SAN DIEGO -- From 21-year-old budding superstar Fernando Tatis Jr. to 36-year-old reliever Craig Stammen, the San Diego Padres tossed aside more than two decades of futility and brought joy to a city that's had its sports psyche beaten down for far too long.
Stammen and eight fellow relievers combined on a four-hitter in a brilliant, record-setting effort that sent the Padres over the St. Louis Cardinals 4-0 Friday night in the deciding Game 3 of their National League Wild Card Series.
Stammen, making his first start in 10 years, said the Padres weren't wrapped up in past postseason failures, including being eliminated from the playoffs by the Cardinals three times since 1996.
"We're trying to write our own piece of history right now," said Stammen, who mentioned the Padres' return to a brown-and-gold color scheme. "It's icing on the cake to maybe turn the page on some of the San Diego struggles in the playoffs against the Cardinals, turn the page on maybe some struggles within the organization, the blue Padres, and now we're the brown Padres. Excited to build some memories with the new colors."
San Diego is the first team in major league history, regular season or playoffs, to complete a nine-inning shutout by using at least nine pitchers, according to ESPN Stats & Information research.
With starters Mike Clevinger and Dinelson Lamet unavailable due to injuries suffered in their final regular-season starts, rookie manager Jayce Tingler was forced to tap the Padres' already stressed bullpen, and it came through magnificently. San Diego became the first team in baseball history to use eight or more pitchers in three consecutive postseason games.
"What those guys did this series and tonight, wow," Tingler said. "They've been overworked; they've been overtaxed. Man to man, everybody came up and said, 'I'm good, give me the ball. I'm good, give me the ball.' Tonight, for me, was as team-oriented as so many guys contributed again. That's who we are. That's why we're going to continue to keep playing."
San Diego's Trevor Rosenthal, who started his career with the Cardinals, struck out the side in the ninth, and the team began celebrating in empty Petco Park. Players gestured toward fans who watched from balconies overlooking the ballpark. Fans crowded downtown and honked car horns and chanted.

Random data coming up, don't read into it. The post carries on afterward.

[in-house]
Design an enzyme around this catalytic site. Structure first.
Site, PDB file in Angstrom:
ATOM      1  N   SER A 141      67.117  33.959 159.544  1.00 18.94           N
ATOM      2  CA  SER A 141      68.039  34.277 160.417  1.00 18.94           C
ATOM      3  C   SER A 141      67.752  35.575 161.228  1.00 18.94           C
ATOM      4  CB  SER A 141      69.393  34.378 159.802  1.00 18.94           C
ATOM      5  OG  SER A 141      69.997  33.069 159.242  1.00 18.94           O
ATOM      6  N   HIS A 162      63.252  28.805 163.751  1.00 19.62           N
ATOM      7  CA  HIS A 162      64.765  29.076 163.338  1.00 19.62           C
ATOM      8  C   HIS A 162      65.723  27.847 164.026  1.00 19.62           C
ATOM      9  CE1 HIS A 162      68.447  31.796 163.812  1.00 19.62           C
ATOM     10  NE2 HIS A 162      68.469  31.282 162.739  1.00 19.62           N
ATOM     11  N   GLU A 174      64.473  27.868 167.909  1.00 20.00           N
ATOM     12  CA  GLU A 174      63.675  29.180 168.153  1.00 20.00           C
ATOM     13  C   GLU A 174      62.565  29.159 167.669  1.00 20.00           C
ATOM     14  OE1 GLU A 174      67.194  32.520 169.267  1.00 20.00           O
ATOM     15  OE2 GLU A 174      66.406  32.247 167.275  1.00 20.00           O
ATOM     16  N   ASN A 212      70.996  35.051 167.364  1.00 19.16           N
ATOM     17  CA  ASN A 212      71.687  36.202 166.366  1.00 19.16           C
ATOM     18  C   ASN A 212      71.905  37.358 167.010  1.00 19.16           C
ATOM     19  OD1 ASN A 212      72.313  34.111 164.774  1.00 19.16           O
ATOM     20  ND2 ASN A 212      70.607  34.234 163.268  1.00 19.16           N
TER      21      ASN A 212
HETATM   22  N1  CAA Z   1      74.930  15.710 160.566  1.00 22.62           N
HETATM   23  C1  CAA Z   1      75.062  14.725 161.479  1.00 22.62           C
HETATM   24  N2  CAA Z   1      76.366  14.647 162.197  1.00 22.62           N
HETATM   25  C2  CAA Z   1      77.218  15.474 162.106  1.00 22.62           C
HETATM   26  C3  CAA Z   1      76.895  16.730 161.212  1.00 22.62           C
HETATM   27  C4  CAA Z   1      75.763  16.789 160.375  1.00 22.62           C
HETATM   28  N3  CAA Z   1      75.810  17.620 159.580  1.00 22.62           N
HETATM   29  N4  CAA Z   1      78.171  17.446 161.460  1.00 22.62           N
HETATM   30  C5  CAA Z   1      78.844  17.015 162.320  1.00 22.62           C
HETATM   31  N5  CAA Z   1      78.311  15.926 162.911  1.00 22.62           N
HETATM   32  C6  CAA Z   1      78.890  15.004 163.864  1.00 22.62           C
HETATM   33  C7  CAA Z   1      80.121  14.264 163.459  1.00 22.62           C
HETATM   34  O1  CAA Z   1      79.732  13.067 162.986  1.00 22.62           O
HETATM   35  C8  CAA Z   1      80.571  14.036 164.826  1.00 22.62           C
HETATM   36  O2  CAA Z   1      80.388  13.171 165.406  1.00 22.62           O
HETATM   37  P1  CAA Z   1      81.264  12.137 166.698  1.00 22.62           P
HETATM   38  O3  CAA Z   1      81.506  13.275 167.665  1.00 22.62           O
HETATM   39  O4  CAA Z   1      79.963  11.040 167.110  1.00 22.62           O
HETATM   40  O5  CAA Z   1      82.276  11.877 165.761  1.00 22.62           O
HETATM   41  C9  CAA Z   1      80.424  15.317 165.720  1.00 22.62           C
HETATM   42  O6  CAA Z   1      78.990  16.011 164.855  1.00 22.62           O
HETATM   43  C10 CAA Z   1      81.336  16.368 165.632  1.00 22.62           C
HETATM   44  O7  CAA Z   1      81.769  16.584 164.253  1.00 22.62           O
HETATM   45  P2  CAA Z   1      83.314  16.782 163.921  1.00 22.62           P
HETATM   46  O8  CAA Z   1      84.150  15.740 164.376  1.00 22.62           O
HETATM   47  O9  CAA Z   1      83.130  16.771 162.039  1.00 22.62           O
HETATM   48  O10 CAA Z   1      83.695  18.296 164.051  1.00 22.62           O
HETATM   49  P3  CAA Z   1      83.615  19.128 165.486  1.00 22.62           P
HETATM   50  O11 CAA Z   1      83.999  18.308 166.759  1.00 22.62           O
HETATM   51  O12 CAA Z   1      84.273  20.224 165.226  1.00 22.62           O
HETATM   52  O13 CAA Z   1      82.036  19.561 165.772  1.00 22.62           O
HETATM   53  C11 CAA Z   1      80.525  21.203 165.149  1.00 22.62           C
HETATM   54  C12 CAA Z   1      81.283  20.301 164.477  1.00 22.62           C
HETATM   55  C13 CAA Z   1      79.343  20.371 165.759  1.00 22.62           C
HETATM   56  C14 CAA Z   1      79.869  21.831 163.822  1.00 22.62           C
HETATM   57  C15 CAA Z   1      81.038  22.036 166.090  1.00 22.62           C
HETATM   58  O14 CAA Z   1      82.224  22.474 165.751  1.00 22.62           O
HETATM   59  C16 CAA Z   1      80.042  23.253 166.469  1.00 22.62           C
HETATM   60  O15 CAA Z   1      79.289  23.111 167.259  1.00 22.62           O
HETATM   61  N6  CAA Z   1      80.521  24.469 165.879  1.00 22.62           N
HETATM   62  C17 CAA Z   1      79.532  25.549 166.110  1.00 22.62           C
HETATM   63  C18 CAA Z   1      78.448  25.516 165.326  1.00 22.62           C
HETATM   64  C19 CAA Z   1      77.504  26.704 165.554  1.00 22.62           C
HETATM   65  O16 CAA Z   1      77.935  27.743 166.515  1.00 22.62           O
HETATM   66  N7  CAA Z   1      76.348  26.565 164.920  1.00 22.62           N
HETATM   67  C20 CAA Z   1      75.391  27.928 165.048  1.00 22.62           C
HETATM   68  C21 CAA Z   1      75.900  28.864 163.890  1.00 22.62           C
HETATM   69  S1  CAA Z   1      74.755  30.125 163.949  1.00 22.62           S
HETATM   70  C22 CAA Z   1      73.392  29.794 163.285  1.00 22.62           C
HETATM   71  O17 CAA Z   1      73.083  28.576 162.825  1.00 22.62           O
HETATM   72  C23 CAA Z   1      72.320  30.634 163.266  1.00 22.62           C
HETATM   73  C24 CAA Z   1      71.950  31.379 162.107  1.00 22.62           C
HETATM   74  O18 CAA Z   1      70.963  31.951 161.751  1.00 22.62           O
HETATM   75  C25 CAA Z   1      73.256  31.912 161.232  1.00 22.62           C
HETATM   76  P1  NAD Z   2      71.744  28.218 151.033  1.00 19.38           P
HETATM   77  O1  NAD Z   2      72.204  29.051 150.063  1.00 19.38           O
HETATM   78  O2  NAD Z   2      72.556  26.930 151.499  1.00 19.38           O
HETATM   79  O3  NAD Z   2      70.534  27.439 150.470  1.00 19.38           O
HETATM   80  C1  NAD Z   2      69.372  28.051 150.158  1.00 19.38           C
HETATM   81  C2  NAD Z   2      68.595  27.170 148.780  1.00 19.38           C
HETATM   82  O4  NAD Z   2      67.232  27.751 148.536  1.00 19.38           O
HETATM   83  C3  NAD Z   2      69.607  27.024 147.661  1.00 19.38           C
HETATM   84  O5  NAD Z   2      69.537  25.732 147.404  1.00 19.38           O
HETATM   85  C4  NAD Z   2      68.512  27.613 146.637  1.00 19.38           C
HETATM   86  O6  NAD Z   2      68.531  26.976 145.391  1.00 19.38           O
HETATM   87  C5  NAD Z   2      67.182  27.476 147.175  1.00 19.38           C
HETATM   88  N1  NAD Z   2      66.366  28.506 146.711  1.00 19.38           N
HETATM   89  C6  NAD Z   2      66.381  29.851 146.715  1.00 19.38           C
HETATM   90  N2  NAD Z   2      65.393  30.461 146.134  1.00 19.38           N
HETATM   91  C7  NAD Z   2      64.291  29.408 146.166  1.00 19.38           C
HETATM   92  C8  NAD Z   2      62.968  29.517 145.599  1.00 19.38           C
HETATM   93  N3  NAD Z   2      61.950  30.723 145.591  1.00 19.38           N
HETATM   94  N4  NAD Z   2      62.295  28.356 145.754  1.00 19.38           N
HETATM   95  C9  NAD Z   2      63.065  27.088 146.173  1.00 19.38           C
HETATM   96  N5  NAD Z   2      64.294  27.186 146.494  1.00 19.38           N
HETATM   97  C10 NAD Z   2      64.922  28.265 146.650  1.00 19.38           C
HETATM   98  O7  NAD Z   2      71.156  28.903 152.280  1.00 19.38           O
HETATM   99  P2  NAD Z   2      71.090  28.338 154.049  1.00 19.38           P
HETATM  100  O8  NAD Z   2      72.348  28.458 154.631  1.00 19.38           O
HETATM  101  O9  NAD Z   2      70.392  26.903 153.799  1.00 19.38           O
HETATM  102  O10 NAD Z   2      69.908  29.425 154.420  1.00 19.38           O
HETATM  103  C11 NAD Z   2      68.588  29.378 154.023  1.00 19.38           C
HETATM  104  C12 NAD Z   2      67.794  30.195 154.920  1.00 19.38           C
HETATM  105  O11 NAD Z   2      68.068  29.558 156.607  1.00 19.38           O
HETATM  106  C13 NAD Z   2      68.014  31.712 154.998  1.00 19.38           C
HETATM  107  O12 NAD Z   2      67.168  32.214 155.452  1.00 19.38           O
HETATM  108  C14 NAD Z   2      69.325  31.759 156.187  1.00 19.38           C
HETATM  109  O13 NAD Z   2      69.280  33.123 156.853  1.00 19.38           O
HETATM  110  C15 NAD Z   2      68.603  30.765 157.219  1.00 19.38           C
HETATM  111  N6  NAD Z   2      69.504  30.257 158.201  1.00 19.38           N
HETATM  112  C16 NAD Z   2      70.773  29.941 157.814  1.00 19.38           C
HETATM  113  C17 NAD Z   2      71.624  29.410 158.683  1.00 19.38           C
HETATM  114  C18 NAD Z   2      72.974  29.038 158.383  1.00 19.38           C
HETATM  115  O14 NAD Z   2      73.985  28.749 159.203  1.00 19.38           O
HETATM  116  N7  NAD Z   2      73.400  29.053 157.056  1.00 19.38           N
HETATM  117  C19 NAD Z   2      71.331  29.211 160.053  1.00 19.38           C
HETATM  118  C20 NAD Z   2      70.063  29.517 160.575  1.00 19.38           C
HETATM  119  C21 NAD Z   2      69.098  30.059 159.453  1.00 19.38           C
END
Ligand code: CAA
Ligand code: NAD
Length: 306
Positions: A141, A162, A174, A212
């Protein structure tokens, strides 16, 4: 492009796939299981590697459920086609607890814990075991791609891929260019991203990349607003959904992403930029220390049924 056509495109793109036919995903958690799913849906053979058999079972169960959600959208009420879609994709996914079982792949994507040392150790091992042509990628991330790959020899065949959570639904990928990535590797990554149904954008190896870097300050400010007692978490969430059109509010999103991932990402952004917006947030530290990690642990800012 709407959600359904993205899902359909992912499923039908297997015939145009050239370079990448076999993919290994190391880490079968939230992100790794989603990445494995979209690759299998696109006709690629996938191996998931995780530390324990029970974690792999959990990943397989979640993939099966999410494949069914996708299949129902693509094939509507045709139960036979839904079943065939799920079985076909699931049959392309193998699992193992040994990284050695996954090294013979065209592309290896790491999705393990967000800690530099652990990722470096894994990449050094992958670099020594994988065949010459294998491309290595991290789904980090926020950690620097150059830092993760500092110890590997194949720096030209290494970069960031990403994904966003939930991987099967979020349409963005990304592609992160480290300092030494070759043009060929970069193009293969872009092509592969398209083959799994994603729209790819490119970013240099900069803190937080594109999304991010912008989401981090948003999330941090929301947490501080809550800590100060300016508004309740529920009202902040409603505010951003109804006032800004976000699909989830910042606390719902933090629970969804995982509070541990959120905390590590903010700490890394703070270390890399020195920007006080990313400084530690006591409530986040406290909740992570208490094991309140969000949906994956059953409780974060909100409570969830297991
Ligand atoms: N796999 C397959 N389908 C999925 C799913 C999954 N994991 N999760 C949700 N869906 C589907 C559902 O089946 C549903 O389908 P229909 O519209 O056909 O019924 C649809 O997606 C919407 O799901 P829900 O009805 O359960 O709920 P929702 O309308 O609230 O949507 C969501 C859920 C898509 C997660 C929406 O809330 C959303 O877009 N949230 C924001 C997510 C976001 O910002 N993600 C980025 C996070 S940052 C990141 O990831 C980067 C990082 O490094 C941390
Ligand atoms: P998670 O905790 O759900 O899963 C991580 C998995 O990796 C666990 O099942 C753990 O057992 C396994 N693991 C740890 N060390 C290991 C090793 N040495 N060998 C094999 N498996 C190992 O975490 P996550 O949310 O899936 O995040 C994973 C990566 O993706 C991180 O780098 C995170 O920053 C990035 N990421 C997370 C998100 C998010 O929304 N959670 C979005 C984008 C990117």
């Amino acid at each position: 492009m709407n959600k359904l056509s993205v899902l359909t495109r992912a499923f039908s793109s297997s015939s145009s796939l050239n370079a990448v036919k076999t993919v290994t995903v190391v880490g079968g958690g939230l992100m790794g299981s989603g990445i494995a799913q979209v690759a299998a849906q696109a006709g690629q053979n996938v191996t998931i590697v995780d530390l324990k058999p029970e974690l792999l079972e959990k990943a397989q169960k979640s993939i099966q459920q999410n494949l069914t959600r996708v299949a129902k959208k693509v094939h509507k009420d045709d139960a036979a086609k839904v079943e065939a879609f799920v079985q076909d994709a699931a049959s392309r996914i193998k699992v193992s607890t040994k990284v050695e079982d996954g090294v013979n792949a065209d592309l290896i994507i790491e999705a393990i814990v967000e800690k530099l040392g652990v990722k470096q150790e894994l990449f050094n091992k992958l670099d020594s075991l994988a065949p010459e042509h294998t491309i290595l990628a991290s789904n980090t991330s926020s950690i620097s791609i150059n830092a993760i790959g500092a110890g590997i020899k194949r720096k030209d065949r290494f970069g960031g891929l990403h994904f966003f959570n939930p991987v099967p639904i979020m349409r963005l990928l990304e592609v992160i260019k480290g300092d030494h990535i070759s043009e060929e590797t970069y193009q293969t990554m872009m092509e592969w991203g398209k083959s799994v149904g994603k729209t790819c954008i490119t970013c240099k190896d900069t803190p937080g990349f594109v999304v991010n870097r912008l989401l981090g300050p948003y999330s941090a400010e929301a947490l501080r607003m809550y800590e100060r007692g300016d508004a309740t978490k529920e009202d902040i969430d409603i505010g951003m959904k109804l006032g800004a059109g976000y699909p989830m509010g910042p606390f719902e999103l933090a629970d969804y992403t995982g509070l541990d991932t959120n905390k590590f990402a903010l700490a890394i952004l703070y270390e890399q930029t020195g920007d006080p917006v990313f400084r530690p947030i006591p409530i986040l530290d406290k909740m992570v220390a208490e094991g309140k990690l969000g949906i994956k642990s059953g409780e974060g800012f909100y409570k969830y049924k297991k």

This was the first postseason series victory for the Padres since the 1998 NL Championship Series.
All four division series now feature matchups between division rivals. All seven Central teams lost in the first round, with the Cardinals joining the Cincinnati Reds, Chicago Cubs, Milwaukee Brewers, Cleveland Indians, Chicago White Sox and Minnesota Twins.
Tatis, who homered twice and drove in five runs in Thursday night's wild, 11-9 victory, doubled into the left-field corner off Game 3 losing pitcher Jack Flaherty with one out in the fifth and scored on Eric Hosmer's two-out double to right-center.
Jake Cronenworth went deep in the eighth, becoming the first rookie in Padres history to homer in a playoff game, according to ESPN Stats & Info data.
The Padres rewarded their long-suffering fans by winning one of the most meaningful games of any kind in San Diego in a long time. The city's only major professional championship remains the San Diego Chargers' 1963 AFL title. The Chargers headed to Los Angeles after the 2016 season, leaving the Padres as the only pro team in San Diego, which lost NBA franchises to Houston and Los Angeles.
Stammen, who hadn't started since 2010 with the Washington Nationals, pitched a perfect first inning and made way for Tim Hill with one on and two out in the second. Hill retired Matt Carpenter, got the first two outs of the third and then handed off to Pierce Johnson. Johnson loaded the bases on a single and a walk but struck out rookie cleanup hitter Dylan Carlson.
St. Louis had another scoring chance in the sixth, when Yadier Molina hit a one-out double off rookie Luis Patino and took third on Paul DeJong's grounder. Patino got Dexter Fowler to fly out to the warning track in right-center to end it.
The bullpen had been one of the Padres' strengths coming into the season, but it lost several members to injuries, including closer Kirby Yates, who led the majors with 41 saves last year. General manager A.J. Preller replenished the pen just before the trade deadline.
Stammen had a seesaw regular season, going 4-2 with a 5.63 ERA in 24 appearances.
Flaherty was brilliant, as well, allowing one run and six hits in six innings while striking out eight and walking two.
The Associated Press contributed to this report.